For better or for worse, most white people have two popular avenues of contact with native Americans: casino gambling or Louise Erdrich. My money's on Erdrich, with whom the odds of winning something of real value are essentially guaranteed.
The daughter of a Chippewa mother and a German-American father, this Minnesota author won critical and popular success with her first novel, "Love Medicine," in 1984. Since then, through a steady accumulation of beautiful, often funny books set around an Ojibwe reservation, she's created the most compelling literary landscape since Faulkner's Yoknapatawpha County.
The brevity of her latest, "Four Souls," makes it a tempting entry point for readers new to her canon. And whether we like it or not, length takes on special importance for English teachers trying to add quality multicultural voices to an already packed curriculum. But "Four Souls" is clearly part of a larger, organic whole - something for fans to savor and another compelling reason for readers who don't know her to start at the beginning.
Like all Erdrich's novels, this one is about healing, physical and spiritual recovery in all its agony and beauty. Fleur Pillager is the last survivor of a long line of medicine women. Estranged from her only daughter and deeply embittered, she sets out on a mission to kill John James Mauser, a wealthy businessman who swindled many native Americans, including her family, out of their land.
When she arrives at the door of his mansion - built from her sacred trees - she immediately gets a job as a laundrywoman. John James Mauser produces an extraordinary amount of dirty laundry (one or two complete bed changes per night), owing to a peculiar affliction that makes him sweat profusely. He also suffers from frequent seizures, another legacy of his service in World War I, which has left him weak and miserable.
So weak and miserable, in fact, that Fleur cannot kill him. Though "she got to know the house the way a hunter knows the woods," her prey is too decrepit. "When Fleur saw how Mauser already suffered, she felt cheated of her revenge. She wanted the man healthy so that she could destroy him fresh." First, she must nurse him back to health, kneading the tension from his muscles and banishing the demons from his brain.
Her patience is boundless. She keeps his linens brilliant white even while pursuing her dark plans, but somewhere in the process, Mauser falls in love with her, and Fleur is ensnared in her own plot. "Affection," Erdrich writes, "takes one by surprise."
Two narrators convey this strange tale. The first is Mauser's lonely sister-in-law, Polly, who hired Fleur to clean their linens, unaware that she was bringing one of Mauser's many victims into the house. She's been studying her sister's sterile marriage for years, serving as a kind of embittered handmaid. By the time she realizes the threat that Fleur poses, it's too late.
The second narrator is Nanapush, a marvelous Ojibwe storyteller who has appeared in other Erdrich novels. Interspersed with chapters from Polly, his installments fill in Fleur's painful history and the twisted progress of her plot against Mauser.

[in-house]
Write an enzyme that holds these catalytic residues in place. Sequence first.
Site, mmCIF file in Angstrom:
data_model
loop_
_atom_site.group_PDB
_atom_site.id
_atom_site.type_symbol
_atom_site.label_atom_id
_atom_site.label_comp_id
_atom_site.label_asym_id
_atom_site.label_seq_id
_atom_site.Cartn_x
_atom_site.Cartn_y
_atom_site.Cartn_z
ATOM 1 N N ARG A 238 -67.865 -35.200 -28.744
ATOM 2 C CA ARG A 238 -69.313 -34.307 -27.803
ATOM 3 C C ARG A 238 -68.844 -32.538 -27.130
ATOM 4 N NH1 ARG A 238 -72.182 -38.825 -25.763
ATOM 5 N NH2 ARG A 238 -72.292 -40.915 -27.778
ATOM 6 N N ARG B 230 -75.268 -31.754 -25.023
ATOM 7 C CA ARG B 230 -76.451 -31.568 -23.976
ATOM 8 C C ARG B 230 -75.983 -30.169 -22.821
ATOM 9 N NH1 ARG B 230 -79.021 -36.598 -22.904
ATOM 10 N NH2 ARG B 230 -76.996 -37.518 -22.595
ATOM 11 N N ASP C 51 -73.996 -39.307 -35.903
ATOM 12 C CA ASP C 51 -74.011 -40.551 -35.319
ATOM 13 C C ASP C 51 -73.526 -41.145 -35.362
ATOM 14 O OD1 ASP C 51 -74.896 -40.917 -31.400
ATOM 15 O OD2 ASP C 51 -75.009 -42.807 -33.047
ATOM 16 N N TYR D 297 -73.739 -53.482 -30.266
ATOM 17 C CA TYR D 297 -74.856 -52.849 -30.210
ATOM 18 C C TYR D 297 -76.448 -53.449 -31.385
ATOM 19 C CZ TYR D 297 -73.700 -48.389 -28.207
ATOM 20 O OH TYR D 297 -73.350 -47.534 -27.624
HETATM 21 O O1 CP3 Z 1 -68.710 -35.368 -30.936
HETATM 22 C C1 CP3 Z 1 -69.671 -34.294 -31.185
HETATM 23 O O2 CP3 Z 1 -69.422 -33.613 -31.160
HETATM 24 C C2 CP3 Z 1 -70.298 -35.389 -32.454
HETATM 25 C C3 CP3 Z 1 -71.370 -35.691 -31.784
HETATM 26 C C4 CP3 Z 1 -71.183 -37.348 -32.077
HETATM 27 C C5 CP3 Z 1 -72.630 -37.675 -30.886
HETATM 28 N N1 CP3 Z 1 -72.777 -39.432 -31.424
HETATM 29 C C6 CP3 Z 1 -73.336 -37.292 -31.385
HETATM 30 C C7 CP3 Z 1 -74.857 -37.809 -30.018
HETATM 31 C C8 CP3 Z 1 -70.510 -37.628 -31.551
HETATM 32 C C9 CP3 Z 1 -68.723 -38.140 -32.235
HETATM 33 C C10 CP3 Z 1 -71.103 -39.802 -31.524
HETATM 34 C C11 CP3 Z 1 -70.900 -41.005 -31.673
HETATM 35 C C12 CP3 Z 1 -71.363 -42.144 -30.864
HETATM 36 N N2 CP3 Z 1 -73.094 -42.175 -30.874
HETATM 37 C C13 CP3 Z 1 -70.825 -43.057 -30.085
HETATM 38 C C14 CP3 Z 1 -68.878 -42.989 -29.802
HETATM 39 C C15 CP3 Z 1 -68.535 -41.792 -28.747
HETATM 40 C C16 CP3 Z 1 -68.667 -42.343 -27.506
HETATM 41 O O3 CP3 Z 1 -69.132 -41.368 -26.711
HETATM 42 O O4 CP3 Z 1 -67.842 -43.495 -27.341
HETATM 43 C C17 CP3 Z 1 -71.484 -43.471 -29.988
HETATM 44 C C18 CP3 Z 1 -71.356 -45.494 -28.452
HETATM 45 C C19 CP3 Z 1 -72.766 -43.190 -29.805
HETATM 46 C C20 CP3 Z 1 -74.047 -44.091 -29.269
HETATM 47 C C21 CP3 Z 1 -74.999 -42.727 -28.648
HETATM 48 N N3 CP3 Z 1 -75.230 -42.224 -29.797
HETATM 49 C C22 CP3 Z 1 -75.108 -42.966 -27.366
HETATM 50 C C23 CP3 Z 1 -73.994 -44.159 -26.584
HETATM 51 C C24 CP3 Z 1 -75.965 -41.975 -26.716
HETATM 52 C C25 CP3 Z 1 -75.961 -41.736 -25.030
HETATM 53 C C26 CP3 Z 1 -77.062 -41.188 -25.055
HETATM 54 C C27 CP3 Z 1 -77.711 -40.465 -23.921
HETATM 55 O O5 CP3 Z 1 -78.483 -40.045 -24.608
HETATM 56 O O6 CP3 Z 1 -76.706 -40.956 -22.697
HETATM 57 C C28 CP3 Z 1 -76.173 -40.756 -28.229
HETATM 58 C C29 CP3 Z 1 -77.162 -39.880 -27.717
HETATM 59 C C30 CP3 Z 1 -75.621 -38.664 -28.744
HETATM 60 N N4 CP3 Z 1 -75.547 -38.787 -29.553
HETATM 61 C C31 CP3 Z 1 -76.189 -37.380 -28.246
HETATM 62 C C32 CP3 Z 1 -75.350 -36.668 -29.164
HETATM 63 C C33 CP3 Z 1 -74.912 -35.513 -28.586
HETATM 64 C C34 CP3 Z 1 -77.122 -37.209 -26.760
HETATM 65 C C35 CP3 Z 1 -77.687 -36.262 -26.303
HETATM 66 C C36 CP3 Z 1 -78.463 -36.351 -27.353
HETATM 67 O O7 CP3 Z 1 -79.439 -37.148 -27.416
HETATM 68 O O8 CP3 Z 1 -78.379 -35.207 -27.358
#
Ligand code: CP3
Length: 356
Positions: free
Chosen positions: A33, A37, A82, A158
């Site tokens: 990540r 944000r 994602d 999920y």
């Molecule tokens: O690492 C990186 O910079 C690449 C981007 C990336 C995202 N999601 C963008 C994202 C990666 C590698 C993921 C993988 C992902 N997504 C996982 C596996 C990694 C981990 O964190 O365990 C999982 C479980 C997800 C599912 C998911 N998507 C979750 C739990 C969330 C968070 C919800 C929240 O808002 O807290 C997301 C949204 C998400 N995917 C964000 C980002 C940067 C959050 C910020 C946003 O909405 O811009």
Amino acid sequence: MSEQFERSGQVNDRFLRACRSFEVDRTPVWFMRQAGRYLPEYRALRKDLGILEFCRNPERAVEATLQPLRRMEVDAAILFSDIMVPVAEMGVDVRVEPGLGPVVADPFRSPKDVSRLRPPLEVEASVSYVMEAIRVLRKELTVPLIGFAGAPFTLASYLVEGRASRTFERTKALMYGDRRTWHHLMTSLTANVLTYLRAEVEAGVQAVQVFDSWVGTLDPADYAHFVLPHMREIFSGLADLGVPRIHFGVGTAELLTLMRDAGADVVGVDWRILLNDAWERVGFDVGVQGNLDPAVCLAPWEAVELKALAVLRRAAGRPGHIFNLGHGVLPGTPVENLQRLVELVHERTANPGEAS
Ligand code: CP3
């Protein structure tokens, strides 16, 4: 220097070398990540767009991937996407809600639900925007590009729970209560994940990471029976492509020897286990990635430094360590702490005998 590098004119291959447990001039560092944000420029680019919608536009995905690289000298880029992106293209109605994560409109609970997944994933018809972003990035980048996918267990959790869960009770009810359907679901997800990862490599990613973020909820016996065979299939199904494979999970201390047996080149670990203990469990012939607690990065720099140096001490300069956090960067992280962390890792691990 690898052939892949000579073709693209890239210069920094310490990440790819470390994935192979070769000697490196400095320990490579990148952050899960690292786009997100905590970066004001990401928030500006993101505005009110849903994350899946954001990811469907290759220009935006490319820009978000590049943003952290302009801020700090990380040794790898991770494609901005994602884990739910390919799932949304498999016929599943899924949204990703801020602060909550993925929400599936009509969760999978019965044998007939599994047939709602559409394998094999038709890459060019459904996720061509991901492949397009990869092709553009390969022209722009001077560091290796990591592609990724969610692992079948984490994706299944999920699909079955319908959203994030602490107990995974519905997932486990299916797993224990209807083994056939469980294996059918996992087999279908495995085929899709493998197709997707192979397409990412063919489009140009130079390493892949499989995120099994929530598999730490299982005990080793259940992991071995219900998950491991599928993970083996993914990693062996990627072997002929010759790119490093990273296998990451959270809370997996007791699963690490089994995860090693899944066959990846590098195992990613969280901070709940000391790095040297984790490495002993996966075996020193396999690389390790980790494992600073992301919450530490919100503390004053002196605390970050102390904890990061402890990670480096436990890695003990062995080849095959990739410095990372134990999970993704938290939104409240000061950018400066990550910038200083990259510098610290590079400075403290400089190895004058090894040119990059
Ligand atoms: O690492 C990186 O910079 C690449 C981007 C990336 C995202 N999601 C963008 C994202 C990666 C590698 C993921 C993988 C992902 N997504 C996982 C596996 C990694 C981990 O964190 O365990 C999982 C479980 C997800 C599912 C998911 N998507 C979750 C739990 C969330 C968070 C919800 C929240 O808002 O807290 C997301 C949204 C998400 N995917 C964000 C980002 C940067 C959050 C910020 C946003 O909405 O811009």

Halfway through the novel, he shifts to the tale of his own revenge plans against a "special foe," an old rival for his wife's affections whom he's tried to kill many times. Nanapush is equal parts wisdom and slapstick, a narrator willing to relive his own humiliation in the service of a good story. "Jealousy is a powerful many-toothed creature," he notes, "whose bite leaves a poison in the blood."
"Do you know what I'm telling you is a reflection of errors? There was Fleur's vengeance, which you'll see has an outcome unpredicted," Nanapush says, and "my vengeance, which led down paths of perfect foolishness but which, at each juncture, seemed logical and sane."
Actually, the logic and sanity of his plans are not always so obvious. He almost kills his wife while trying to ensnare his foe. His extra- special love potion gets eaten by his archenemy's dog, which, as you might imagine, leads to unintended results. He drinks a case of peace-offering wine before he makes it home. And in the most hilarious episode, he appears as a transvestite at a special council meeting.
There's a "Midsummer Night's Dream" quality to Nanapush's antics, humor laced into the mystery of the forest and the power of this rich language. Determined to kill his foe and reignite his wife's ardor, poor Nanapush, instead, just keeps digging himself in deeper and deeper, sliding along the exponential scale of comedy that Erdrich calculates so well.
Tragedies strike in these tales, but they're built on a foundation of real love. Erdrich manages to control the flashes of anger and frustration that can melt suddenly into a very different metal. What's so satisfying is the way the two revenge plots reach a convergence that's neither depressing nor silly, but deeply moving.
Nanapush's wife eventually begins to narrate her own chapters, explaining the spiritual process that Fleur must endure to recover from what she has suffered and from what she has inflicted.
She also assures us of her enduring affection for Nanapush. "No matter how foolishly my husband behaved," his long-suffering wife says, "no matter how dreadful his mistakes, jokes, and sins, he loved me. In that, my suspicious woman's heart came to trust."
Erdrich's most striking contribution may be her articulation of a value system that's wholly contrary to the culture of accumulation and competition that we're eager to export in our great white way. Given the vibrant success of her novels, the Indian wars may not be over after all.
• Ron Charles is the Monitor's book editor. Send e-mail to Ron Charles.